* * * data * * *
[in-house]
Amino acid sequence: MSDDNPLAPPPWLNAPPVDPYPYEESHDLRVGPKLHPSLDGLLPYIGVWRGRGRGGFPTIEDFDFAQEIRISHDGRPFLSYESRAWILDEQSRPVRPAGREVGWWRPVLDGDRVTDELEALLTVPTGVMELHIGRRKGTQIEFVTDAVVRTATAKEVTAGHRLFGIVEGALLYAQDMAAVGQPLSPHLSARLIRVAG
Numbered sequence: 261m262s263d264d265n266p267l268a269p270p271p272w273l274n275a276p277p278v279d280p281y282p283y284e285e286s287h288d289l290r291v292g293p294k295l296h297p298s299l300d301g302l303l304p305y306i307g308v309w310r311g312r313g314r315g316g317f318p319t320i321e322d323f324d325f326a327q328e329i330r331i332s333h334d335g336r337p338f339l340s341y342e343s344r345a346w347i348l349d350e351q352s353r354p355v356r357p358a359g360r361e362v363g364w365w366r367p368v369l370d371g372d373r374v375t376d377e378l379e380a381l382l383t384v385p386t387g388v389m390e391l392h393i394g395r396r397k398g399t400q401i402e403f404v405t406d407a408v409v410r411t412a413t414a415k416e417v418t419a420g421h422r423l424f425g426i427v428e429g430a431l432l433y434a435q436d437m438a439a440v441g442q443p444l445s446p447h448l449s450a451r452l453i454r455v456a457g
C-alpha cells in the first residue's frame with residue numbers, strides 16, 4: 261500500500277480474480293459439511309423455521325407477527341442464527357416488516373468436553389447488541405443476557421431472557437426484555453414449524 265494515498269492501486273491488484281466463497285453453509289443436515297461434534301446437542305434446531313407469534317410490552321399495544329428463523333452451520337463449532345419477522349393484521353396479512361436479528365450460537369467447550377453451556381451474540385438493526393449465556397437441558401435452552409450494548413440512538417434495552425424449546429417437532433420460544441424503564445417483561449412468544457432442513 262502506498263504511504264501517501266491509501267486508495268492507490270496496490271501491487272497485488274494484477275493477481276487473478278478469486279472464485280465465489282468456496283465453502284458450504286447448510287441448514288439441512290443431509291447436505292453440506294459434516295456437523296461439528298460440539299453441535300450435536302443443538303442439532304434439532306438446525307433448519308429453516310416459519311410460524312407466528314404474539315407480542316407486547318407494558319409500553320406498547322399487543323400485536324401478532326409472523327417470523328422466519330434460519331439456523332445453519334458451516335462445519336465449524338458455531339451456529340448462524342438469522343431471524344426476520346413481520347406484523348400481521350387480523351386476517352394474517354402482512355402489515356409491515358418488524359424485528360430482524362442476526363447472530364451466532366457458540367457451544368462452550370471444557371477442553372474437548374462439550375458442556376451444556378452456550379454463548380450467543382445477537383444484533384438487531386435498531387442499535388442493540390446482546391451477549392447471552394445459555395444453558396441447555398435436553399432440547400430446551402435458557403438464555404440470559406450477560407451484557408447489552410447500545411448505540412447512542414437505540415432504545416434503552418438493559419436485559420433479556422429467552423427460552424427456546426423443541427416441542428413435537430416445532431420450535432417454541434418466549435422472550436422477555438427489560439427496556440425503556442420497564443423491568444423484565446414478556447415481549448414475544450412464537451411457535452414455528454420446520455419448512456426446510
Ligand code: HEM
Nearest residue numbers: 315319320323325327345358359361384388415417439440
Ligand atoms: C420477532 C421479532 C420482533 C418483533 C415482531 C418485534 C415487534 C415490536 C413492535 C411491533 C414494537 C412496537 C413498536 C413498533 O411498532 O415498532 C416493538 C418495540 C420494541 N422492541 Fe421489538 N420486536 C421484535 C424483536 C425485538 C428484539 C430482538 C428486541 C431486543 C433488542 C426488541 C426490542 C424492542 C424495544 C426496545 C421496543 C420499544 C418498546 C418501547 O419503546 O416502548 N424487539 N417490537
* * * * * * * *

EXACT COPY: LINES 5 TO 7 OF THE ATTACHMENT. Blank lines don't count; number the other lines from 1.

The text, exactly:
Ligand code: HEM
Nearest residue numbers: 315319320323325327345358359361384388415417439440
Ligand atoms: C420477532 C421479532 C420482533 C418483533 C415482531 C418485534 C415487534 C415490536 C413492535 C411491533 C414494537 C412496537 C413498536 C413498533 O411498532 O415498532 C416493538 C418495540 C420494541 N422492541 Fe421489538 N420486536 C421484535 C424483536 C425485538 C428484539 C430482538 C428486541 C431486543 C433488542 C426488541 C426490542 C424492542 C424495544 C426496545 C421496543 C420499544 C418498546 C418501547 O419503546 O416502548 N424487539 N417490537